Faith Matters - Current Posts

Thursday, November 20, 2008

Be Joyful Always

In a letter to the first century church, St. Paul told them to “Be joyful always.” The fact that it’s written in the form of a command is very significant. What we have here is not a suggestion, an encouragement or a piece of wise advice. It’s not implying that the greatest griefs of life can by easily replaced by some superficial happiness. This is the Word of God ordering us to be joyful! So, you say, “How do I do that? I can’t control how I feel.” And that’s the point exactly.
This quote is talking about actions, not feelings. Feelings can’t be commanded. Feelings are emotional responses to both what’s inside of us and to what’s happening to us on the outside. Feelings are extraordinarily difficult to control. Not even God commands us how or what to feel. But he does command us what to do. And one of those commands is to “be joyful.” Let’s compare it to going to the doctor because you feel run down and tired all the time. Your physician would not tell you to “stop feeling tired” or order you to “feel energetic.” But she might say, “Exercise 30 minutes every day.”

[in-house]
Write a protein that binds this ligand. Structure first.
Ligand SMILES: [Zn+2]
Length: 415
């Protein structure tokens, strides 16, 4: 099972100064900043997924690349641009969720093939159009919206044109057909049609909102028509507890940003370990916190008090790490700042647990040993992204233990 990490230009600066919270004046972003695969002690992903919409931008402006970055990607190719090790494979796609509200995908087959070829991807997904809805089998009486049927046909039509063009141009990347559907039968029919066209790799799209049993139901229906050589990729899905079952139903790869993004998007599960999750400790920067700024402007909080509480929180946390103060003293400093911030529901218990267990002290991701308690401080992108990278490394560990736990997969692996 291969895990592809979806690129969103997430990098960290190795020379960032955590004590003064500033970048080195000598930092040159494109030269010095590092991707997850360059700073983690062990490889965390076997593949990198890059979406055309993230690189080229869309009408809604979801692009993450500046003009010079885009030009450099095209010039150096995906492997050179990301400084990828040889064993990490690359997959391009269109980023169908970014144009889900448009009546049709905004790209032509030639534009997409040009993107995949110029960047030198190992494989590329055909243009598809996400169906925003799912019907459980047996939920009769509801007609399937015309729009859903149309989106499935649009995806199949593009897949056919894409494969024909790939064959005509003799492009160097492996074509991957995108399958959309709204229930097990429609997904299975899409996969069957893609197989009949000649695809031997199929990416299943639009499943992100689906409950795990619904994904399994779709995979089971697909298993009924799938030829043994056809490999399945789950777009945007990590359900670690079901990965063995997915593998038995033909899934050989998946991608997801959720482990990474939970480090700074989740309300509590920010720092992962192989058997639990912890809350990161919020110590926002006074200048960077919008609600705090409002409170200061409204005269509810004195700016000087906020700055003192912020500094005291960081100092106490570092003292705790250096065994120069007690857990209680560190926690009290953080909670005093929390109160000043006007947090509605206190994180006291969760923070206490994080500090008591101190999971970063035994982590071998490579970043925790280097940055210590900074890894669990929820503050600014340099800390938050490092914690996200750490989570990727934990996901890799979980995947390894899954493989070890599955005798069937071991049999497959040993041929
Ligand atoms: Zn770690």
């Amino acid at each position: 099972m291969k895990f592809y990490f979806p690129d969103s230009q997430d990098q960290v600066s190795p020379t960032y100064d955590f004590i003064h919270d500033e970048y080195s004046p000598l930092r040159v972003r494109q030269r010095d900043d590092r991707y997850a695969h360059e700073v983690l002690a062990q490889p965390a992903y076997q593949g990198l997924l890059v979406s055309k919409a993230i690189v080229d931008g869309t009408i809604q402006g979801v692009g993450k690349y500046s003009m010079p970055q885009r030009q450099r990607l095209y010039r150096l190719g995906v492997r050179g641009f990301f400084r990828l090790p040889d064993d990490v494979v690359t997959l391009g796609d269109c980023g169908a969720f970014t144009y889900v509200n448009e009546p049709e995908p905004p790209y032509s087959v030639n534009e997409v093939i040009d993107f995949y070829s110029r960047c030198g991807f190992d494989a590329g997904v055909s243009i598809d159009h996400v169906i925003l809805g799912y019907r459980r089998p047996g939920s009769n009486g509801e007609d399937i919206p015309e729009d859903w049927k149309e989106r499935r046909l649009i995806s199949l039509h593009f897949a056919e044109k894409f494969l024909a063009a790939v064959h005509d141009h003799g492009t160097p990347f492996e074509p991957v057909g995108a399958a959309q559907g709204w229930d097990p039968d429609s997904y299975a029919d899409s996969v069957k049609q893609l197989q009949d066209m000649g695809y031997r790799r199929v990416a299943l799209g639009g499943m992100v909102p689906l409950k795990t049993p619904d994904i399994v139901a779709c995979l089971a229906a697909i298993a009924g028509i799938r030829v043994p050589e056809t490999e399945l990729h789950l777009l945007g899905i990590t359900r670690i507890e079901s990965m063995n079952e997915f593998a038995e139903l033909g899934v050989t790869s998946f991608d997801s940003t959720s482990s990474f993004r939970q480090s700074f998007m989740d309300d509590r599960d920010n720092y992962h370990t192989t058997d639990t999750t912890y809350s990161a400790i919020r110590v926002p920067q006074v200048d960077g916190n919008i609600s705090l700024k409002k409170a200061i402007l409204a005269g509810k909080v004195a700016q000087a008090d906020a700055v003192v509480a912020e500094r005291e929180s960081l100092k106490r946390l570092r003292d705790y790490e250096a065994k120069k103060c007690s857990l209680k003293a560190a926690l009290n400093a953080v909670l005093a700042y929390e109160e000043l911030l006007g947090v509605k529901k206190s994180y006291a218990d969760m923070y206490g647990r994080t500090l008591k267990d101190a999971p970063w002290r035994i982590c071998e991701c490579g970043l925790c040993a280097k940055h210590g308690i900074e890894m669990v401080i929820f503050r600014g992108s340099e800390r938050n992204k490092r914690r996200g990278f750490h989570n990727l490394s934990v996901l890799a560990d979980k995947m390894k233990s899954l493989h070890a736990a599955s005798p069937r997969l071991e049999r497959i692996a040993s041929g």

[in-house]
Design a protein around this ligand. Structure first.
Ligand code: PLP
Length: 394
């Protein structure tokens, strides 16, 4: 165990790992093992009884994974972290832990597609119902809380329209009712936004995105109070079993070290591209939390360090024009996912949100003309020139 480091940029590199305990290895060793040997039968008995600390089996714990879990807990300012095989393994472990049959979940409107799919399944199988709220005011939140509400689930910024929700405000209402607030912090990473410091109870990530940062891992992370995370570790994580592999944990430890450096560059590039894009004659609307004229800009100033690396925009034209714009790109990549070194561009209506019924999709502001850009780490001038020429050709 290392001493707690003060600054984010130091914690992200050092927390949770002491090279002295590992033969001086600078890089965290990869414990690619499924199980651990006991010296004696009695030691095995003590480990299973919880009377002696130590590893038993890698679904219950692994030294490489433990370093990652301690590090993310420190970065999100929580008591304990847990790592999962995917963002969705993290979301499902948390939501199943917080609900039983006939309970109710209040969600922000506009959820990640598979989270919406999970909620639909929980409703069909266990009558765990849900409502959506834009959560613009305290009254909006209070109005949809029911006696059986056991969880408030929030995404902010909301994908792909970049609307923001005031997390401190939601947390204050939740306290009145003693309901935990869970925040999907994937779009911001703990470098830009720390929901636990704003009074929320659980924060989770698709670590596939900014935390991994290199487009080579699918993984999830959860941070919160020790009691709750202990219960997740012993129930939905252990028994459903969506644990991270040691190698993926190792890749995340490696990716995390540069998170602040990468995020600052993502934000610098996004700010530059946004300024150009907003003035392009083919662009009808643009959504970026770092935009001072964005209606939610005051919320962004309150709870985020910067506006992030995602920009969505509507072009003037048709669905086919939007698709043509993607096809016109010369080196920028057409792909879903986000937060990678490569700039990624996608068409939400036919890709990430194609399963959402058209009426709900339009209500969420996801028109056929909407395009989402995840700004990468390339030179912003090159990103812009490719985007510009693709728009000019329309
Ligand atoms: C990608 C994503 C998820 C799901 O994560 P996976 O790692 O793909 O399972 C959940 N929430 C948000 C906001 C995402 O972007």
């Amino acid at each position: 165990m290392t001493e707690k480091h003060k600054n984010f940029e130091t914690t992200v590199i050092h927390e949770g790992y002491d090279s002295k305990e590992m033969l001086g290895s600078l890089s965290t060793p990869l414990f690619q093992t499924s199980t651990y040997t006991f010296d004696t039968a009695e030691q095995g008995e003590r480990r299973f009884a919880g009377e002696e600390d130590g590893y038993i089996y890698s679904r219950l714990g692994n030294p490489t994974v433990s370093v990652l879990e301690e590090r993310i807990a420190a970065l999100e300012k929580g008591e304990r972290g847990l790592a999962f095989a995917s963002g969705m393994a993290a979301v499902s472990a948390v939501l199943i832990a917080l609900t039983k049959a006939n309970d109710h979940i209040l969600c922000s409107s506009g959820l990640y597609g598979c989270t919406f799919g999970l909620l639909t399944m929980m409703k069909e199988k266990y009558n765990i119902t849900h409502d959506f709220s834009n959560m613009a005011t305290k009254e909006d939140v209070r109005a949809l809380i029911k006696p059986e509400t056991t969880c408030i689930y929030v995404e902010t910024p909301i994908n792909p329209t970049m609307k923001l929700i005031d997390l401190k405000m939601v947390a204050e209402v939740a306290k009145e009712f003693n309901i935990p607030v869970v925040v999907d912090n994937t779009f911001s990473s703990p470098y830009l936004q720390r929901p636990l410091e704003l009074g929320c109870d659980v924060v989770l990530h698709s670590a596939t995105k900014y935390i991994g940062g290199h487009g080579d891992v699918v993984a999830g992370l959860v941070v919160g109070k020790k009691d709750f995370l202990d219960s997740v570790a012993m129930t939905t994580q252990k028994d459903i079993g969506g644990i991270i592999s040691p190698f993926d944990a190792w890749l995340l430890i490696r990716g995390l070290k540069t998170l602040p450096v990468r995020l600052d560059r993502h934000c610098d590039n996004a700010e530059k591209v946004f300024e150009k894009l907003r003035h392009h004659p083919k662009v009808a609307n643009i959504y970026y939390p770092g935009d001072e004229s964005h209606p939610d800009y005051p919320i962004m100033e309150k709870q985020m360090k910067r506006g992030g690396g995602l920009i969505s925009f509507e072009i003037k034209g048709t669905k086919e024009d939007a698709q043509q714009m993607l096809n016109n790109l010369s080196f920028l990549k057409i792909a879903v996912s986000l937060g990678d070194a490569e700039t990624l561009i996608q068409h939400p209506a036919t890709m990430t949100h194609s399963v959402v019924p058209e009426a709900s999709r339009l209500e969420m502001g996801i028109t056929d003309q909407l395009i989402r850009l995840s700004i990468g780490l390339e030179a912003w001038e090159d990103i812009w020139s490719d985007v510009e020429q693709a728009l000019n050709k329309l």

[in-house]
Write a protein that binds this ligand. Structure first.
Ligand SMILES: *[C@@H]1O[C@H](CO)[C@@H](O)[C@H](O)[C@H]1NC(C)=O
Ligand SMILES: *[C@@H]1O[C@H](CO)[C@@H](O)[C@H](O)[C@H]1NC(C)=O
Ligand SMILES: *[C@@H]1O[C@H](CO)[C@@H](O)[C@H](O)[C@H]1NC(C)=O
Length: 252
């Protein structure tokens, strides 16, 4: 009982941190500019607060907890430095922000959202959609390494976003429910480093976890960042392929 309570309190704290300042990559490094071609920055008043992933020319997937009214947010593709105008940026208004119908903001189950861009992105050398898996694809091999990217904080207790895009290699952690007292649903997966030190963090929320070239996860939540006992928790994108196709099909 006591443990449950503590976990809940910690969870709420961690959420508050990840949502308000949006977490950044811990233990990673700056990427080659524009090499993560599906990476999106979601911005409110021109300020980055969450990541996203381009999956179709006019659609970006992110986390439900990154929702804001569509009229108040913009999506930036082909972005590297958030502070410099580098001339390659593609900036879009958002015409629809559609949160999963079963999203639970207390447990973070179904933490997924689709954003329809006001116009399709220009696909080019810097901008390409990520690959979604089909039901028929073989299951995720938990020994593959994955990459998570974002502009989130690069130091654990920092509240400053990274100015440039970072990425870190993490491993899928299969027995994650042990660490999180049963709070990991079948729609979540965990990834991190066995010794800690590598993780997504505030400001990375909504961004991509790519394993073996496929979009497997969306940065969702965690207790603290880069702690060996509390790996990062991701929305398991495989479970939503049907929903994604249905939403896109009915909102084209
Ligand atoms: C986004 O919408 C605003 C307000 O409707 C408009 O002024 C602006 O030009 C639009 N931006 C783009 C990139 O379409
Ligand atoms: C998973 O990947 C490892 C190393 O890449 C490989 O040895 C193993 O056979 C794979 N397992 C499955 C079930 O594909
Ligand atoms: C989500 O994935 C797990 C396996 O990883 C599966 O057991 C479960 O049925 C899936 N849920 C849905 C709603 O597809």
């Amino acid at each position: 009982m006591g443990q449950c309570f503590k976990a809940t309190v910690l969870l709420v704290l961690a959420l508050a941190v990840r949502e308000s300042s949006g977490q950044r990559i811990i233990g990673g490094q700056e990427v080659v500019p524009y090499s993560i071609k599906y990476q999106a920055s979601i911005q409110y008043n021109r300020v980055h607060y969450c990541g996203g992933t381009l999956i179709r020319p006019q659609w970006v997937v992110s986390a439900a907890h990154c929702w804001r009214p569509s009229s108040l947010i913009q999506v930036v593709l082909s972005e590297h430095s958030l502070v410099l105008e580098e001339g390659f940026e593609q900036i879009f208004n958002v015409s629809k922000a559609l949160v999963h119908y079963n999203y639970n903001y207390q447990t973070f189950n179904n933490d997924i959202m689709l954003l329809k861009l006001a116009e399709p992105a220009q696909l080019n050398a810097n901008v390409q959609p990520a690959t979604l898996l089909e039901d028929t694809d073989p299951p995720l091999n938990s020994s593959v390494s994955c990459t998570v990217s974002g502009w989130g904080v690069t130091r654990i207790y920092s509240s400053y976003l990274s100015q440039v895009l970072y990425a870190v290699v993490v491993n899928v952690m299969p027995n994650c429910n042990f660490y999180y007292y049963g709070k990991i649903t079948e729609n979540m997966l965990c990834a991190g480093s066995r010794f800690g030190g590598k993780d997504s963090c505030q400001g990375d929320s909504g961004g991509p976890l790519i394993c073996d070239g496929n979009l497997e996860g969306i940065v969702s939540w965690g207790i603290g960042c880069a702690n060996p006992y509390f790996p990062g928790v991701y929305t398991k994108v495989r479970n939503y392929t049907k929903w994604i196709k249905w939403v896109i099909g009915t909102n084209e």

She knows that if you take her advice and go home and exercise, the action of exercising will have the byproduct of altering your feeling of tiredness.
Joy is an action, not an emotion. And the action of joy has the power to change our emotions.

Wednesday, November 19, 2008

Under the Surface

I grew up near the Atlantic Ocean and it was an important part of my childhood. To this day I have a deep love and respect for the sea. I can spend hours just watching the waves. There's a beauty and a restless excitement about it all. But when I studied the ocean in college I came to understand it very differently than the way I experienced it as a boy at the beach. As a child I saw the ocean only in terms of the waves on the surface. I delighted in plunging in and trying to swim around. Some days it was too rough to risk and other days it was as calm as a pitcher of milk.
It was in a college classroom that I began to understand that you can't make a surface judgment of the ocean. I learned that the life of the sea is far more determined by the deep currents than the surface waves. Miles below the surface there’s a stability that no hurricane can stir. So, do not try to understand the Atlantic or the Pacific by what you see on the surface, but by studying what flows beneath.
And so it is with this thing we call Christian joy. It is not directly tied to whatever storm is stirring up the surface of our lives. Joy is who we are and what we believe. To be joyful is to choose God’s reality for the deep currents of our lives, rather than having life controlled by the turmoil of circumstances on the surface.